The health and humanitarian response to northwest Syria, including for COVID-19, has been adversely affected by the closure in July 2020 of Bab al-Salam border crossing between Turkey and Syria. The Bab al-Hawa crossing is now the only lifeline for around 3–4 million civilians who rely on it for essential health and humanitarian aid as well as COVID-19 related supplies. At least half of the civilians in this area (2.5 million) are internally displaced people who fled bombardment in other parts of the country, which have now been retaken by the government, such as Aleppo, the Damascus suburbs and Homs. Around 1.5 million still reside in camps. Attacks on this area including on health facilities continue causing further detriment to the local health system and its ability to respond to the health needs of the population.
The smaller geographical areas that have been under Turkish control since 2016 have been incorporated into the Turkish health system. The managers of health facilities are Turkish, but most of the health care workers are Syrian, which at least minimizes discrepancies in care and language barriers between the northern zones that are outside Syrian government control. Nevertheless, a lack of communication between the Turkish areas and the adjacent zone under Syrian opposition control persists with particular concerns for the spread of COVID-19 as communications about outbreaks and contact tracing are not freely shared.
The Plight of Health Care Workers
The COVID-19 pandemic has strained all parts of the health system in Syria, but the most significant burdens have been on health care workers at the frontlines of the response. Across all geographic areas of Syria, there is insufficient PPE and testing capacity, including for staff, and poor infection control practices leading to increased risks. Ola Fahham, a physician working in northwest Syria, explained via telephone in September 2020 that “the lack of PPE forces health care workers either to reuse their N95 masks multiple times or rely on inadequate home-made masks and face shields, which put them at risk.” She also reports that the shortage of health care workers means that doctors are forced to work in more than one health facility, potentially contributing to the spread of the infection.
According to Human Rights Watch, dozens of doctors in Syria have reportedly died of COVID-19 since the start of the pandemic. Syrian doctor and public health expert Fouad M. Fouad emphasizes that the effect of “the number of doctors who are dying is difficult to comprehend in a health system which is already short of doctors. In one day, four doctors, each with at least 25 years of experience, died from COVID-19.” The loss of these experienced doctors compounds the stresses on a health care system already severely undermined by the decimation of war and the exodus of thousands of its expert health professionals.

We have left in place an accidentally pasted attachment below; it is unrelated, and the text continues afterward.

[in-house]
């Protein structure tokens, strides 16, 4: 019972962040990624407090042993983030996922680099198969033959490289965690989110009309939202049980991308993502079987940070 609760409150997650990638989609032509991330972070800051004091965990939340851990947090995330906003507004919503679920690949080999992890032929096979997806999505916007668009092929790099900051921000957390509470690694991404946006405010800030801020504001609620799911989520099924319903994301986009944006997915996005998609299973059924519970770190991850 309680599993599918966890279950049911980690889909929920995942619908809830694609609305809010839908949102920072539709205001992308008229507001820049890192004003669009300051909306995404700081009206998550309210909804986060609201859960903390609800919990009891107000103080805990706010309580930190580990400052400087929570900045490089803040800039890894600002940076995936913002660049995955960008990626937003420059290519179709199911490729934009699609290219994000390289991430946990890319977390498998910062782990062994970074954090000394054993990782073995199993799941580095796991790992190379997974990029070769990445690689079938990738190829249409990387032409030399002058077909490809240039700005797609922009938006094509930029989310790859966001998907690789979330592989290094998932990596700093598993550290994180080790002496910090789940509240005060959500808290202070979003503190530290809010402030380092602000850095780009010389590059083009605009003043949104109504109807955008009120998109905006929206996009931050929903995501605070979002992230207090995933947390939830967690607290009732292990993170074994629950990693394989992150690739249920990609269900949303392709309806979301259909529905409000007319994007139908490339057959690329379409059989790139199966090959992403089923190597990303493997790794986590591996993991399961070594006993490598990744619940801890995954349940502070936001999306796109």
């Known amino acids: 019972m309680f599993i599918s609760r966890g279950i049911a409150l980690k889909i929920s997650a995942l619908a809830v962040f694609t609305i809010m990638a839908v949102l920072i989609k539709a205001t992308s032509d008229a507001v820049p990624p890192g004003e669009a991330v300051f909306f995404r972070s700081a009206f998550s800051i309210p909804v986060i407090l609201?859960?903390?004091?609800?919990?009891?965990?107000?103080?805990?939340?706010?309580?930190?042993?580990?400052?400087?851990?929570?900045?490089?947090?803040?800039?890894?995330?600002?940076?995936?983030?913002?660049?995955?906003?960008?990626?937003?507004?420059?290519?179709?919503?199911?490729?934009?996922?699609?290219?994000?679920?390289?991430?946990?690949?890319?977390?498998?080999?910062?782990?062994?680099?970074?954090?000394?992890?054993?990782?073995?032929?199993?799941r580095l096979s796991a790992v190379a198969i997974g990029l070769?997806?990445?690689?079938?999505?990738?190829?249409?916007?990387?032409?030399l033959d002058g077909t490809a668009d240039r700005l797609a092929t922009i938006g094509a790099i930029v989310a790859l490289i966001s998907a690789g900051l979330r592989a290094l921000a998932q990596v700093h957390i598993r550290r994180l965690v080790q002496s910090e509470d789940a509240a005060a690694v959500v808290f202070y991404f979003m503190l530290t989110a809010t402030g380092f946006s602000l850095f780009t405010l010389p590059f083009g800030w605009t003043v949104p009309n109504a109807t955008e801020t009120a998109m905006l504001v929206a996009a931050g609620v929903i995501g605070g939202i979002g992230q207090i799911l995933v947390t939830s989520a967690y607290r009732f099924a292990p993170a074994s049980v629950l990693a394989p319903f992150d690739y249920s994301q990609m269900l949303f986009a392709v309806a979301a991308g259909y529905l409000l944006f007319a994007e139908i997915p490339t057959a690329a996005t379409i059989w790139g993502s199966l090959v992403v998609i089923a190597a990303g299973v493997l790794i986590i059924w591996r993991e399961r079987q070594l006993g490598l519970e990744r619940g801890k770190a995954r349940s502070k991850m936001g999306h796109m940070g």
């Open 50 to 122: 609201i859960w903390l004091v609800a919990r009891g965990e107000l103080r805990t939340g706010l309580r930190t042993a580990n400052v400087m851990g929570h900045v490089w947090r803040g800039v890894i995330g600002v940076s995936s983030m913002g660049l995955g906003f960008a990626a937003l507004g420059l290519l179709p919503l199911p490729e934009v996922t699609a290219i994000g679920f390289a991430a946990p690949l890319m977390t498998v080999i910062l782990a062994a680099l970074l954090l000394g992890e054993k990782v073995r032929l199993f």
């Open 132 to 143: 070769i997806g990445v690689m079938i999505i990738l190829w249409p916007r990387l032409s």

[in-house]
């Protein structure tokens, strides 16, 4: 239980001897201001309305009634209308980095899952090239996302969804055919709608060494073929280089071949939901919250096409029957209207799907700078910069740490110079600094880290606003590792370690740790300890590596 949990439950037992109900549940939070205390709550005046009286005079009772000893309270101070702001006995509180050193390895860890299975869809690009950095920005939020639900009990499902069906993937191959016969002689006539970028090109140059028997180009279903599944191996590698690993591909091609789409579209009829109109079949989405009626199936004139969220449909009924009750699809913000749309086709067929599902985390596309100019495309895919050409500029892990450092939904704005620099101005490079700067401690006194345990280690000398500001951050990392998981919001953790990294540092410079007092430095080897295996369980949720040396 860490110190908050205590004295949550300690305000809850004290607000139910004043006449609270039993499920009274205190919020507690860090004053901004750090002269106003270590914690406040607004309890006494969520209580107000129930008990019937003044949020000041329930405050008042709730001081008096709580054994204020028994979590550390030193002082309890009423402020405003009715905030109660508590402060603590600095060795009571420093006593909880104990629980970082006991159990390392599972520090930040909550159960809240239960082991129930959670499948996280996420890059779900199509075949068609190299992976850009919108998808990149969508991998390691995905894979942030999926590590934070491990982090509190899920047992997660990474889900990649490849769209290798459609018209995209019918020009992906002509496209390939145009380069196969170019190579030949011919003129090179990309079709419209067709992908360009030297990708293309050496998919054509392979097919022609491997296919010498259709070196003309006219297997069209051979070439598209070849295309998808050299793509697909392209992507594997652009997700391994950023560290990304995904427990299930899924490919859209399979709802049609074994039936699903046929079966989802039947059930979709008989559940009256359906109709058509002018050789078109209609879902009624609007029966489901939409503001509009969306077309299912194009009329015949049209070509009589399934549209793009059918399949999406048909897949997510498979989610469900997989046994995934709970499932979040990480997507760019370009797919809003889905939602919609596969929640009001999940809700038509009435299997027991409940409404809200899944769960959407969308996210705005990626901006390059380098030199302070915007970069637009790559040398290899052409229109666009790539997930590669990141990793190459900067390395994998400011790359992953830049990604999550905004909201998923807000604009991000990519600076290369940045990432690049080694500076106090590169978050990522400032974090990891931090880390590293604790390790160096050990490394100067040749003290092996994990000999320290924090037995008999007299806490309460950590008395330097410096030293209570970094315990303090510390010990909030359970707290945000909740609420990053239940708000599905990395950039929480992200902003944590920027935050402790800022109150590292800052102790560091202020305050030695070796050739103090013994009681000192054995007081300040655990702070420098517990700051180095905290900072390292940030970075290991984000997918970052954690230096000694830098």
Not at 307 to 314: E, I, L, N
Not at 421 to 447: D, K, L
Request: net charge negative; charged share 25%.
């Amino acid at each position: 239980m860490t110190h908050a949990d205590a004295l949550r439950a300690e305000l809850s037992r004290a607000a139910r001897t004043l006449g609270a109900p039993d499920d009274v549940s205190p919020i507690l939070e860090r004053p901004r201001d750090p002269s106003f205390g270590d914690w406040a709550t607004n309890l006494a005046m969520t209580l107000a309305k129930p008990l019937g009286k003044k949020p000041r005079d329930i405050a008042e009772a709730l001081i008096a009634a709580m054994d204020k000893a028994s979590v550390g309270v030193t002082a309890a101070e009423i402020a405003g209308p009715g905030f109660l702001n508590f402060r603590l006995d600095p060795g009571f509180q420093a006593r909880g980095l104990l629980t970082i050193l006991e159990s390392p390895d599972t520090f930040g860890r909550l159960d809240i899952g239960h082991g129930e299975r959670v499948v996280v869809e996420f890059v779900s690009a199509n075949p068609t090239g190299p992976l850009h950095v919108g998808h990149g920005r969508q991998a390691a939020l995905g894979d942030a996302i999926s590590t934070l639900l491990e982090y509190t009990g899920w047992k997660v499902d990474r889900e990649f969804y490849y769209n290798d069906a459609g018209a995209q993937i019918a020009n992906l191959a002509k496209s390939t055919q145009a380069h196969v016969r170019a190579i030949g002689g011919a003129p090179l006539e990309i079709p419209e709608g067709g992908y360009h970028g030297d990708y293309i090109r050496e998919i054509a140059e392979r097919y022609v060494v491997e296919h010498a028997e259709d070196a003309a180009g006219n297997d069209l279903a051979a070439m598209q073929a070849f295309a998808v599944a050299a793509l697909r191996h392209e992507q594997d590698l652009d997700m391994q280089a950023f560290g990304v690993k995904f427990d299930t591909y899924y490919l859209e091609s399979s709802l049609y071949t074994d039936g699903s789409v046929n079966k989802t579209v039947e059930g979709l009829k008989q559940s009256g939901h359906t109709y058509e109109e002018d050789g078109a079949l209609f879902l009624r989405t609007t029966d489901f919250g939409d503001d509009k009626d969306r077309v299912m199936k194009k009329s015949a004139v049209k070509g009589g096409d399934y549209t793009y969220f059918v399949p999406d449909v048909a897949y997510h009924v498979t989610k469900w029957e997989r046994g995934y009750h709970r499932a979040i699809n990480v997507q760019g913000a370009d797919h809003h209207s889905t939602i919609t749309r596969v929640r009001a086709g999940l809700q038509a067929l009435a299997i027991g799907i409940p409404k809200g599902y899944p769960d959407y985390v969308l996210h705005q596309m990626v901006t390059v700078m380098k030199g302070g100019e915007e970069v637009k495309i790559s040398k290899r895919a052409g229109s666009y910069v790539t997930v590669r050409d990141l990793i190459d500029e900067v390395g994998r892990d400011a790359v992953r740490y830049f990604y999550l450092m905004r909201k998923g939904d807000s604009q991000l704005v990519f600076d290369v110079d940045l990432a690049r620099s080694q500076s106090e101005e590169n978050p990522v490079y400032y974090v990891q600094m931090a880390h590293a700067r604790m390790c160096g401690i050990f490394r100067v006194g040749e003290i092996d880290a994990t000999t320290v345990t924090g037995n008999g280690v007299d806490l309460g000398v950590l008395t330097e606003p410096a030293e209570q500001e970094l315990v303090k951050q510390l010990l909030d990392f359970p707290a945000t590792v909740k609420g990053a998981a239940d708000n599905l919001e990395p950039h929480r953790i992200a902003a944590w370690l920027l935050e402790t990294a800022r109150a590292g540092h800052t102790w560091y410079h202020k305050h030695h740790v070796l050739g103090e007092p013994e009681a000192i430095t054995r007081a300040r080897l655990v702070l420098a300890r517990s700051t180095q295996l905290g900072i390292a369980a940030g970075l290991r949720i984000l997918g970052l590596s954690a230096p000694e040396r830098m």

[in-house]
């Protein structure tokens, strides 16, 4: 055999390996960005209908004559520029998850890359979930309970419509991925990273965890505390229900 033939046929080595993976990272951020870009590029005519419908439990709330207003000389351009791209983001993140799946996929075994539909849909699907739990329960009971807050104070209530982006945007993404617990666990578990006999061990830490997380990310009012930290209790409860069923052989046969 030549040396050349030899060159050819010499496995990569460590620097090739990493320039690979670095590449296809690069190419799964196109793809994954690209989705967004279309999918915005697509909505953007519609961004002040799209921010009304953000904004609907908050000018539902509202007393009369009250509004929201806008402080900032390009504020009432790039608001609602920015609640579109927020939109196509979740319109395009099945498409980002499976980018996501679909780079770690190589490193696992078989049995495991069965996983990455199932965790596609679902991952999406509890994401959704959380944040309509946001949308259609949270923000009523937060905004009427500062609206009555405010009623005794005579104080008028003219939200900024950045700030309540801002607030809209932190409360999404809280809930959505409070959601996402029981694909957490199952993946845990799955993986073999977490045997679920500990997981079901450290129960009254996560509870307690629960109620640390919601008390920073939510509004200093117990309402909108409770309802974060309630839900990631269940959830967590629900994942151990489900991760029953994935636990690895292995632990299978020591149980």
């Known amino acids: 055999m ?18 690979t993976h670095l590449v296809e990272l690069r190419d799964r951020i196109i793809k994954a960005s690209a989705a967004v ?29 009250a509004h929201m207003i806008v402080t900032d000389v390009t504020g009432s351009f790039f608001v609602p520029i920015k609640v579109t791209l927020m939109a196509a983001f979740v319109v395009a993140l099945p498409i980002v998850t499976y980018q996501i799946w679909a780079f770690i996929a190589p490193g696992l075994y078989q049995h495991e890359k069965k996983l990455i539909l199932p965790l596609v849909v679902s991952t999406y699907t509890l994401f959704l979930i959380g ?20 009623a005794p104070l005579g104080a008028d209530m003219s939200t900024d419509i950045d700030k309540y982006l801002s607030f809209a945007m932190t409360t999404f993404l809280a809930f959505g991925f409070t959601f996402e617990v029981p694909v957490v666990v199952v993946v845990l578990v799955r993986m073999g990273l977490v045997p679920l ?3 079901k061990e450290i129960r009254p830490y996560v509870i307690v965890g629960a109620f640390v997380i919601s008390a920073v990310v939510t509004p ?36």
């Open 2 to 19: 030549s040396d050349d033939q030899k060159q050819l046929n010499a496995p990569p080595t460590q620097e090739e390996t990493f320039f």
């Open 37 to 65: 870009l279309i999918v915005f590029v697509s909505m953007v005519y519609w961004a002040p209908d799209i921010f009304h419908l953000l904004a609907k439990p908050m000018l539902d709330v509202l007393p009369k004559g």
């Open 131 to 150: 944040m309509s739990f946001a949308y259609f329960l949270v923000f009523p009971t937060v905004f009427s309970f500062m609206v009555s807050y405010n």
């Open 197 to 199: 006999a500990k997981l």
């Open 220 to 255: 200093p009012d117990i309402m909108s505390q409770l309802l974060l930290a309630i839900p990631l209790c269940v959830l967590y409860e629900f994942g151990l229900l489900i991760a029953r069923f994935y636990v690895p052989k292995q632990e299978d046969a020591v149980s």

In opposition-controlled northwest Syria, the Early Warning and Response Network (EWARN) surveillance system showed early estimates of at least one quarter of the total number of COVID-19 cases occurring among health care workers after the first case was described in the area on July 9, 2020. Health care workers not only fear contracting COVID-19 but also risk reprisals from the public as local media reports often hold them responsible for the transmission of infection, further contributing to misinformation and mistrust. Omar al-Hiraki, a physician working in northwest Syria, explained the double burden of the pandemic’s impact: “the COVID-19 pandemic has exhausted health systems in Europe and the United States, which are unaffected by conflict, but in Syria the health system has already been destroyed even before the COVID-19 pandemic. This means we don’t have enough tests and we rely on insensitive questionnaires and clinical examination to support diagnosis.” In addition, he points out that threats and assaults on health care workers could increase if the system becomes so overwhelmed that hospitals cannot admit all those that need care. These serious concerns are a heavy psychological burden on health care workers who also worry about conflict flaring up, further military attacks and targeting of health facilities.
Political Pressures Take a Toll